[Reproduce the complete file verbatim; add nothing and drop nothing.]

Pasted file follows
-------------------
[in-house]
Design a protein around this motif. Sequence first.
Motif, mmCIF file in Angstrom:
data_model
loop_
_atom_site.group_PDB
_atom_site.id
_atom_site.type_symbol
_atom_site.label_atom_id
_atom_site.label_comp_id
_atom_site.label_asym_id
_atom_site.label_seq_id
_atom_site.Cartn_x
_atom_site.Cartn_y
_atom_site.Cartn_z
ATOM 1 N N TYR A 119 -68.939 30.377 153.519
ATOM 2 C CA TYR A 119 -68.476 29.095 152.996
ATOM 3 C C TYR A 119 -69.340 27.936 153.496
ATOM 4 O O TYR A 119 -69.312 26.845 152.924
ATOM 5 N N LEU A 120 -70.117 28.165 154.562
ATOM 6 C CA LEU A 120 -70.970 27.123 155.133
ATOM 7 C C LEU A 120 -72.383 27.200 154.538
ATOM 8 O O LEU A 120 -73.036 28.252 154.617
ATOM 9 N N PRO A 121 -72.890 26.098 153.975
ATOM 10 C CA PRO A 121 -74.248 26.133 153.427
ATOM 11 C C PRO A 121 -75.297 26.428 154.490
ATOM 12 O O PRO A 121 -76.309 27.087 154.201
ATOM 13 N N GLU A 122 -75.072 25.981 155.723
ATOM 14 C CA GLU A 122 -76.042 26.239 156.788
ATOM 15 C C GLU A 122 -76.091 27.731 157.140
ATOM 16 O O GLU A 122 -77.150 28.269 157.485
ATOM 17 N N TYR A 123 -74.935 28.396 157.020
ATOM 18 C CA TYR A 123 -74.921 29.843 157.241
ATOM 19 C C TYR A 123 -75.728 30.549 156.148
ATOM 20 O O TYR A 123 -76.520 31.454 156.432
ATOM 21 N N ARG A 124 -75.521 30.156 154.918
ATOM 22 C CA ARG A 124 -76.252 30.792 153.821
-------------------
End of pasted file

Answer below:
[in-house]
Design a protein around this motif. Sequence first.
Motif, mmCIF file in Angstrom:
data_model
loop_
_atom_site.group_PDB
_atom_site.id
_atom_site.type_symbol
_atom_site.label_atom_id
_atom_site.label_comp_id
_atom_site.label_asym_id
_atom_site.label_seq_id
_atom_site.Cartn_x
_atom_site.Cartn_y
_atom_site.Cartn_z
ATOM 1 N N TYR A 119 -68.939 30.377 153.519
ATOM 2 C CA TYR A 119 -68.476 29.095 152.996
ATOM 3 C C TYR A 119 -69.340 27.936 153.496
ATOM 4 O O TYR A 119 -69.312 26.845 152.924
ATOM 5 N N LEU A 120 -70.117 28.165 154.562
ATOM 6 C CA LEU A 120 -70.970 27.123 155.133
ATOM 7 C C LEU A 120 -72.383 27.200 154.538
ATOM 8 O O LEU A 120 -73.036 28.252 154.617
ATOM 9 N N PRO A 121 -72.890 26.098 153.975
ATOM 10 C CA PRO A 121 -74.248 26.133 153.427
ATOM 11 C C PRO A 121 -75.297 26.428 154.490
ATOM 12 O O PRO A 121 -76.309 27.087 154.201
ATOM 13 N N GLU A 122 -75.072 25.981 155.723
ATOM 14 C CA GLU A 122 -76.042 26.239 156.788
ATOM 15 C C GLU A 122 -76.091 27.731 157.140
ATOM 16 O O GLU A 122 -77.150 28.269 157.485
ATOM 17 N N TYR A 123 -74.935 28.396 157.020
ATOM 18 C CA TYR A 123 -74.921 29.843 157.241
ATOM 19 C C TYR A 123 -75.728 30.549 156.148
ATOM 20 O O TYR A 123 -76.520 31.454 156.432
ATOM 21 N N ARG A 124 -75.521 30.156 154.918
ATOM 22 C CA ARG A 124 -76.252 30.792 153.821